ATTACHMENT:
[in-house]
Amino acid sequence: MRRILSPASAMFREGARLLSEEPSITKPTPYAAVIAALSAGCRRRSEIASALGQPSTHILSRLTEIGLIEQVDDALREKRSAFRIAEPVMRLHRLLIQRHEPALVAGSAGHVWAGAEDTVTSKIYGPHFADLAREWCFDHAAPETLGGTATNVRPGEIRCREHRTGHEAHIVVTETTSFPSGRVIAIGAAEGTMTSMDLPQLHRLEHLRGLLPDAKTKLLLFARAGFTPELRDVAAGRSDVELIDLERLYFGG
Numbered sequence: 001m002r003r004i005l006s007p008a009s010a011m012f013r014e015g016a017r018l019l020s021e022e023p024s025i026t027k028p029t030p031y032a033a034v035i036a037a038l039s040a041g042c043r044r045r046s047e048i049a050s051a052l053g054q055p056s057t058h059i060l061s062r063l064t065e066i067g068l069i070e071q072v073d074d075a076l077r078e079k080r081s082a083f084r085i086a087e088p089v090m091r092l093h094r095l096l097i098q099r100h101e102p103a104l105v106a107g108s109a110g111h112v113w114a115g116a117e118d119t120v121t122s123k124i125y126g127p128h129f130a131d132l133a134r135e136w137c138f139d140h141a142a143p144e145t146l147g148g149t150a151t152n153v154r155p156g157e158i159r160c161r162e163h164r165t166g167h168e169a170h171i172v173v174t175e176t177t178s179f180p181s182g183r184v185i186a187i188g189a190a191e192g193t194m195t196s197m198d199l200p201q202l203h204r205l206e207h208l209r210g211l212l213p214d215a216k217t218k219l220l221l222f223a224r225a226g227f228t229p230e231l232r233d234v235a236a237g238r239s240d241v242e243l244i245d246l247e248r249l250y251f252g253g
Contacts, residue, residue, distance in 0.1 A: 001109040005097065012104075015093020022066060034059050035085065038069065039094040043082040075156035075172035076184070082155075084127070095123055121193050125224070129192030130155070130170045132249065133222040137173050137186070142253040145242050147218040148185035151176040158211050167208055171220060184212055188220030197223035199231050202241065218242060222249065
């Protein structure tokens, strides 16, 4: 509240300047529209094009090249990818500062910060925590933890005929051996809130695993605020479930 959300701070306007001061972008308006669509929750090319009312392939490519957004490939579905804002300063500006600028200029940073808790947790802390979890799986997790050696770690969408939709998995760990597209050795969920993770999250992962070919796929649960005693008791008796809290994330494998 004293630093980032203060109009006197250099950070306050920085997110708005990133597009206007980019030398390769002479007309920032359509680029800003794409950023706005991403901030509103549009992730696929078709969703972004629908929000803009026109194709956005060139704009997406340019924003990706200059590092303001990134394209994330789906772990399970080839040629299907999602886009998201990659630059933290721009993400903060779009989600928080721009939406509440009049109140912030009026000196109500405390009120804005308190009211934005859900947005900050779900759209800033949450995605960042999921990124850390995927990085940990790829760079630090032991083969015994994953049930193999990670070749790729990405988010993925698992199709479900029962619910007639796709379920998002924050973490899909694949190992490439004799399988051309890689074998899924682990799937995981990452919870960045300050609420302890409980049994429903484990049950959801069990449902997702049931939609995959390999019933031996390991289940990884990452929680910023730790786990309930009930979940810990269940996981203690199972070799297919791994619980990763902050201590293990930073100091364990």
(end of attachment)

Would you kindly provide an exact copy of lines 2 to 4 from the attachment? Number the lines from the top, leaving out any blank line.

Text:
Amino acid sequence: MRRILSPASAMFREGARLLSEEPSITKPTPYAAVIAALSAGCRRRSEIASALGQPSTHILSRLTEIGLIEQVDDALREKRSAFRIAEPVMRLHRLLIQRHEPALVAGSAGHVWAGAEDTVTSKIYGPHFADLAREWCFDHAAPETLGGTATNVRPGEIRCREHRTGHEAHIVVTETTSFPSGRVIAIGAAEGTMTSMDLPQLHRLEHLRGLLPDAKTKLLLFARAGFTPELRDVAAGRSDVELIDLERLYFGG
Numbered sequence: 001m002r003r004i005l006s007p008a009s010a011m012f013r014e015g016a017r018l019l020s021e022e023p024s025i026t027k028p029t030p031y032a033a034v035i036a037a038l039s040a041g042c043r044r045r046s047e048i049a050s051a052l053g054q055p056s057t058h059i060l061s062r063l064t065e066i067g068l069i070e071q072v073d074d075a076l077r078e079k080r081s082a083f084r085i086a087e088p089v090m091r092l093h094r095l096l097i098q099r100h101e102p103a104l105v106a107g108s109a110g111h112v113w114a115g116a117e118d119t120v121t122s123k124i125y126g127p128h129f130a131d132l133a134r135e136w137c138f139d140h141a142a143p144e145t146l147g148g149t150a151t152n153v154r155p156g157e158i159r160c161r162e163h164r165t166g167h168e169a170h171i172v173v174t175e176t177t178s179f180p181s182g183r184v185i186a187i188g189a190a191e192g193t194m195t196s197m198d199l200p201q202l203h204r205l206e207h208l209r210g211l212l213p214d215a216k217t218k219l220l221l222f223a224r225a226g227f228t229p230e231l232r233d234v235a236a237g238r239s240d241v242e243l244i245d246l247e248r249l250y251f252g253g
Contacts, residue, residue, distance in 0.1 A: 001109040005097065012104075015093020022066060034059050035085065038069065039094040043082040075156035075172035076184070082155075084127070095123055121193050125224070129192030130155070130170045132249065133222040137173050137186070142253040145242050147218040148185035151176040158211050167208055171220060184212055188220030197223035199231050202241065218242060222249065